And so, I’m very much I’m on top of all those latest trends, but also because I run my own business. So, I have to, as a business owner, as an entrepreneur, stay on top of these things and make sure that I’m learning the latest things. So, there’s an element of knowledge and skills and that kind of thing, but there’s also an element of mentoring guidance and of course coaching. And that’s something again that I absolutely recommend that you put aside a chunk of money for the plan that into your expenses. And that really is a business expense.

So, I would absolutely always have a coach myself, as a coach, I think that’s absolutely critical. And if you’re considering coaching the first thing you absolutely must do is get a coach both because you need to be coaching yourself at being coached to become the best version of yourself. Which is what we’re hoping to be ourselves and also help others become. So, you can really invest in your own personal development, but also more pragmatically. You want to learn what other people are doing.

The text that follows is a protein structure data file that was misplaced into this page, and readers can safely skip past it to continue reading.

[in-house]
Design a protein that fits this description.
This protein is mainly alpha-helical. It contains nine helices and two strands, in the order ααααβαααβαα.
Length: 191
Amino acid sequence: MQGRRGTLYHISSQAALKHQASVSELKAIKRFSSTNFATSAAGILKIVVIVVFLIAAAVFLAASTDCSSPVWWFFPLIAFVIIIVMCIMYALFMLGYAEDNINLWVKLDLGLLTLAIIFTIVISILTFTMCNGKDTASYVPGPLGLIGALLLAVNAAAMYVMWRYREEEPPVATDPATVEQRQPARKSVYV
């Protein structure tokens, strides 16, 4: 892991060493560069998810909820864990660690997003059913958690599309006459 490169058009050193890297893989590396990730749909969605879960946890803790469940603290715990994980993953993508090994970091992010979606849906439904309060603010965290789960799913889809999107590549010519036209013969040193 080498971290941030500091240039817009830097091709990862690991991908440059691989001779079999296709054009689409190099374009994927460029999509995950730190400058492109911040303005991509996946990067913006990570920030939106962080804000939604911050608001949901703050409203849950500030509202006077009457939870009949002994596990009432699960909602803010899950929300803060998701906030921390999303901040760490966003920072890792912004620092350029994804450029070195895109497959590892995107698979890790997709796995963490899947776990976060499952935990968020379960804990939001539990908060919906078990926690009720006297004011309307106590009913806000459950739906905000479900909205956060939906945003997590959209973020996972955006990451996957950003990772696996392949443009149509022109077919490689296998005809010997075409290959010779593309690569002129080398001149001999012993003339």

You can see how they set up their calls, their consulting, discovery calls, their funnels, perhaps their programmes, their materials and memberships lines and things and then you can learn how you want to do yours and how you might want to do them differently. So, absolutely put aside budget and time for training, coaching, learning. And again, it can be also early days, free materials, but do you make sure that you’re getting quality and per to not just… The free stuff isn’t necessarily the best, I suppose, I would say.

Now one question, or comment, was: I’m not so comfortable with the online interaction. I really love face-to-face the in-person real people, real talk kind of workshop scenario.

And although I do offer that, one-day workshop now, as some of you will know, I now have a young daughter and the practicalities of having a one-day workshop isn’t necessarily as it was before.